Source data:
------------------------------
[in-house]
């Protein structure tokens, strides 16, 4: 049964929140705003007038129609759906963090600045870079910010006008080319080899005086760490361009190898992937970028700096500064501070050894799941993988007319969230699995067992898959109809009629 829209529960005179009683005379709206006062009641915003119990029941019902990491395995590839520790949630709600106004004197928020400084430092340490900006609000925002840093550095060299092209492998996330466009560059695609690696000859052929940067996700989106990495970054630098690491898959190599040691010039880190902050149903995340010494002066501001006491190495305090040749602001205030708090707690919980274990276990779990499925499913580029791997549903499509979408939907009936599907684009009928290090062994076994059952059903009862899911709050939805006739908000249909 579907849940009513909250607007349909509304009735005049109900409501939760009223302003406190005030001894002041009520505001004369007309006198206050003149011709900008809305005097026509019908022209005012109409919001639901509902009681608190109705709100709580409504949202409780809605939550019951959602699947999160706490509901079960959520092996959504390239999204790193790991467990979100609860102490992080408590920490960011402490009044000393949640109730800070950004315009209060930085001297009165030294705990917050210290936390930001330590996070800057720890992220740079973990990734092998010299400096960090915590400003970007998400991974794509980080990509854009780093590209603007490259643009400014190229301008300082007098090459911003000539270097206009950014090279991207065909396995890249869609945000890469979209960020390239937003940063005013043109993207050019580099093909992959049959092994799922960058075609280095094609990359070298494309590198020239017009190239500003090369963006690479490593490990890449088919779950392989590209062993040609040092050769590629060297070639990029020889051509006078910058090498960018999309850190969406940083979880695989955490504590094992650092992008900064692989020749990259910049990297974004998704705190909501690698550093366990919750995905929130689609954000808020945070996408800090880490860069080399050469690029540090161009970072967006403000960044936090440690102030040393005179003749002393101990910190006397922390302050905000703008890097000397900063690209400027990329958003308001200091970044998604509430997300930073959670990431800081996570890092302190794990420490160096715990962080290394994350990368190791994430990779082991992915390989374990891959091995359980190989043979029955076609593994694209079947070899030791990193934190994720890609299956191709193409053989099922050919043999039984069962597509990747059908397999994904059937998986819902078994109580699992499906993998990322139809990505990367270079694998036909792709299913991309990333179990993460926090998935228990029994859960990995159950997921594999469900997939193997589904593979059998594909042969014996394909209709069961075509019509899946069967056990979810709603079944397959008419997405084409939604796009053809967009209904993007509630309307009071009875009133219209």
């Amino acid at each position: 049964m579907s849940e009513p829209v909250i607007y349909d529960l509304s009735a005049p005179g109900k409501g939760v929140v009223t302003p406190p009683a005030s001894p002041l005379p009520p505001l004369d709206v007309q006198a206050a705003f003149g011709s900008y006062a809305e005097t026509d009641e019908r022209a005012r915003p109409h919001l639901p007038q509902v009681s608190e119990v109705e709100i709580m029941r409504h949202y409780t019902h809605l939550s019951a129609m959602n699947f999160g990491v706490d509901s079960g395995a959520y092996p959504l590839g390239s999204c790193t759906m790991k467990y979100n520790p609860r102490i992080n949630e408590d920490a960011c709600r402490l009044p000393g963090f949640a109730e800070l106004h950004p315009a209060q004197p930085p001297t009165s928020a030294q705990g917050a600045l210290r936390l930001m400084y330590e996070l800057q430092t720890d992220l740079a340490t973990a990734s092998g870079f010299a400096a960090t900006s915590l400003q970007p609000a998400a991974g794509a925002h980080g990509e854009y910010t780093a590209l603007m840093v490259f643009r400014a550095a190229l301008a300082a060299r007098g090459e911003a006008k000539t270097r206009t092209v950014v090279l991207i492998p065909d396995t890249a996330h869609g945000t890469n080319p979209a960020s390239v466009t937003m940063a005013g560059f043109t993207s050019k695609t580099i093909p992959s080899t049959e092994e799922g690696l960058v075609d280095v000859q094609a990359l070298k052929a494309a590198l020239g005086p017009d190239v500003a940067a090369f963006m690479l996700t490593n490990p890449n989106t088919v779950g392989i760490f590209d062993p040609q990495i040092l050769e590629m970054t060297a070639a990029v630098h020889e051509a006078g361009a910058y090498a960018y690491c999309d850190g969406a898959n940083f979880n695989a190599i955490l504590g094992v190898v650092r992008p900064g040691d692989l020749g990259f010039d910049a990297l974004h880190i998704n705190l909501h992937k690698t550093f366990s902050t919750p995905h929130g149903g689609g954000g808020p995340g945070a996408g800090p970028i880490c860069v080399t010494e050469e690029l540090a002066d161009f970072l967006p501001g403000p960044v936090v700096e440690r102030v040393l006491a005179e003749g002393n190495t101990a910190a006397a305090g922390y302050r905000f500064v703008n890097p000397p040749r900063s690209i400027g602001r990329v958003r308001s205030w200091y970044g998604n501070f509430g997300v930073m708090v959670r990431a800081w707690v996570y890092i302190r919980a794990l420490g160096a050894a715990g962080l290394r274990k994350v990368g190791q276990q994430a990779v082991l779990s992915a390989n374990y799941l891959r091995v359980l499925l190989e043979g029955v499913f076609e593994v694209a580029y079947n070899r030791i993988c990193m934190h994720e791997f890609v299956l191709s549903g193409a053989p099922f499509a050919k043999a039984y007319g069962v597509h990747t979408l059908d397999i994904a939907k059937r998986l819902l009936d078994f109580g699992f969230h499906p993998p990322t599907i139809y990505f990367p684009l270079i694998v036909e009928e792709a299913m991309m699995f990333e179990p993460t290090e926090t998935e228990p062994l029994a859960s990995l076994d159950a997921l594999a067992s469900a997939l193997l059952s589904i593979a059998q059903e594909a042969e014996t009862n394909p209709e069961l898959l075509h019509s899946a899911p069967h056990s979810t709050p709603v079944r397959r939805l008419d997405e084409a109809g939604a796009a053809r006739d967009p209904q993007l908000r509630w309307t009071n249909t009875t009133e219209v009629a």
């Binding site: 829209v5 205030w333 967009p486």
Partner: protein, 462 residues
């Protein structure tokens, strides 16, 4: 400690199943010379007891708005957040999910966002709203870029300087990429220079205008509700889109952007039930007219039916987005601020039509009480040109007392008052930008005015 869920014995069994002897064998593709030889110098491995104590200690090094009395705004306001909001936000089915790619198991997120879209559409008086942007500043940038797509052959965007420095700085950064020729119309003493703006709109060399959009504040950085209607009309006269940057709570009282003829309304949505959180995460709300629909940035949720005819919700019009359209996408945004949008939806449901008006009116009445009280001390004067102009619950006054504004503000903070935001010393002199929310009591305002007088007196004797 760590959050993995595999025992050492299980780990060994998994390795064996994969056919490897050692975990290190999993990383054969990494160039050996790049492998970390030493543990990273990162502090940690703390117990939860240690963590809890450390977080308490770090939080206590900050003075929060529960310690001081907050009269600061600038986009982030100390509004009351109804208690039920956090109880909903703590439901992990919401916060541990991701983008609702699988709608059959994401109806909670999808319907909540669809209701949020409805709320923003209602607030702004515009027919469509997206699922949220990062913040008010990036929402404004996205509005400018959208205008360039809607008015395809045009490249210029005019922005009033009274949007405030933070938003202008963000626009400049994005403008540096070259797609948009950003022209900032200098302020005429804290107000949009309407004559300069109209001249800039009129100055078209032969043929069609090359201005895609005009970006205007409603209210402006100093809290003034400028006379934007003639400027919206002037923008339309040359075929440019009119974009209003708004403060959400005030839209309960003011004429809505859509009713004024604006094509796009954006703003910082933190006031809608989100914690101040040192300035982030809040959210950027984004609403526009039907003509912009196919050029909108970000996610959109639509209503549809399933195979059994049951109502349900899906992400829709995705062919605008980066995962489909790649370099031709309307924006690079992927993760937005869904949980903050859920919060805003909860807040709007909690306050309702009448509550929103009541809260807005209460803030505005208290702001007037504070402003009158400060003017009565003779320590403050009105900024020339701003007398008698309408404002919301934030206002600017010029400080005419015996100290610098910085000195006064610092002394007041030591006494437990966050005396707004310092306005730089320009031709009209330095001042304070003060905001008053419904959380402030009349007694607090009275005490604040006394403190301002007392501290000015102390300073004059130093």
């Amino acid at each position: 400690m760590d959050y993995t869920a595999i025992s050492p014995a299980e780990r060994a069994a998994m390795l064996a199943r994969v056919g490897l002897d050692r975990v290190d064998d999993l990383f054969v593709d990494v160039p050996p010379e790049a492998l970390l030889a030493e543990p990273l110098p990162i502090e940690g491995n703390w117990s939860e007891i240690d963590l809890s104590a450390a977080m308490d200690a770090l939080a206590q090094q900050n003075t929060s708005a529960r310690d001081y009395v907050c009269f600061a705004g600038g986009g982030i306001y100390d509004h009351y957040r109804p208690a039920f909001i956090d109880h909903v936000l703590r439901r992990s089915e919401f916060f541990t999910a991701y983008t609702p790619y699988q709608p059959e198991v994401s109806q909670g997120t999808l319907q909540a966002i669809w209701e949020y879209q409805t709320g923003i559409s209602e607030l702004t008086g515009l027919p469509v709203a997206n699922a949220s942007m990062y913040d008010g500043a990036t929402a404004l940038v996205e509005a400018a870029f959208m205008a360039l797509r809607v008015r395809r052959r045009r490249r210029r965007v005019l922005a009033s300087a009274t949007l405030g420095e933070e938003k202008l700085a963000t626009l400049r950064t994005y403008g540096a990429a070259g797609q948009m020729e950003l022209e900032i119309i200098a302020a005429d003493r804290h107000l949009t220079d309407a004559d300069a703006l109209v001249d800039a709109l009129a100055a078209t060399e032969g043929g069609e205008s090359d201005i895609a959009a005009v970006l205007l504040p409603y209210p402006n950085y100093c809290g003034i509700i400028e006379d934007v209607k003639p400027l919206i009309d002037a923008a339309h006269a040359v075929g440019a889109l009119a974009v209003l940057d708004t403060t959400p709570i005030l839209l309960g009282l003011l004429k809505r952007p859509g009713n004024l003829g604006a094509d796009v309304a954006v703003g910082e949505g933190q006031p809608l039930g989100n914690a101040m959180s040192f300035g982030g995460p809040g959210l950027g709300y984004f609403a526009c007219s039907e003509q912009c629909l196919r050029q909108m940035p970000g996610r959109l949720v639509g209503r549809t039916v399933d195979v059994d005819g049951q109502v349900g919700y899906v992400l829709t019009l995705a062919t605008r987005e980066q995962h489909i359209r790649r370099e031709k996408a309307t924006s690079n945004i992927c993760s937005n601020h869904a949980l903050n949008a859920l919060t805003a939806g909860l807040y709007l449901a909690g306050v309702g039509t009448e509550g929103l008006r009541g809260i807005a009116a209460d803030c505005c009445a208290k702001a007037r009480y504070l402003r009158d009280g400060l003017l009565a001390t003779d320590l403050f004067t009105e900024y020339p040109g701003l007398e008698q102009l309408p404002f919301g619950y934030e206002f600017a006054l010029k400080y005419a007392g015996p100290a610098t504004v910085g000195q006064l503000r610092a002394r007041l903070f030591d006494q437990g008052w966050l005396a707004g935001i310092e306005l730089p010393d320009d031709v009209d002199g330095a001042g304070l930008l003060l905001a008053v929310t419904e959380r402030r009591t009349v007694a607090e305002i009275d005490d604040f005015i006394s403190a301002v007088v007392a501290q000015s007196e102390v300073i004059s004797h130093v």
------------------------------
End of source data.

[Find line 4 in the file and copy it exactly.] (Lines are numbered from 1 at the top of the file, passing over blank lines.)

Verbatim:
């Binding site: 829209v5 205030w333 967009p486």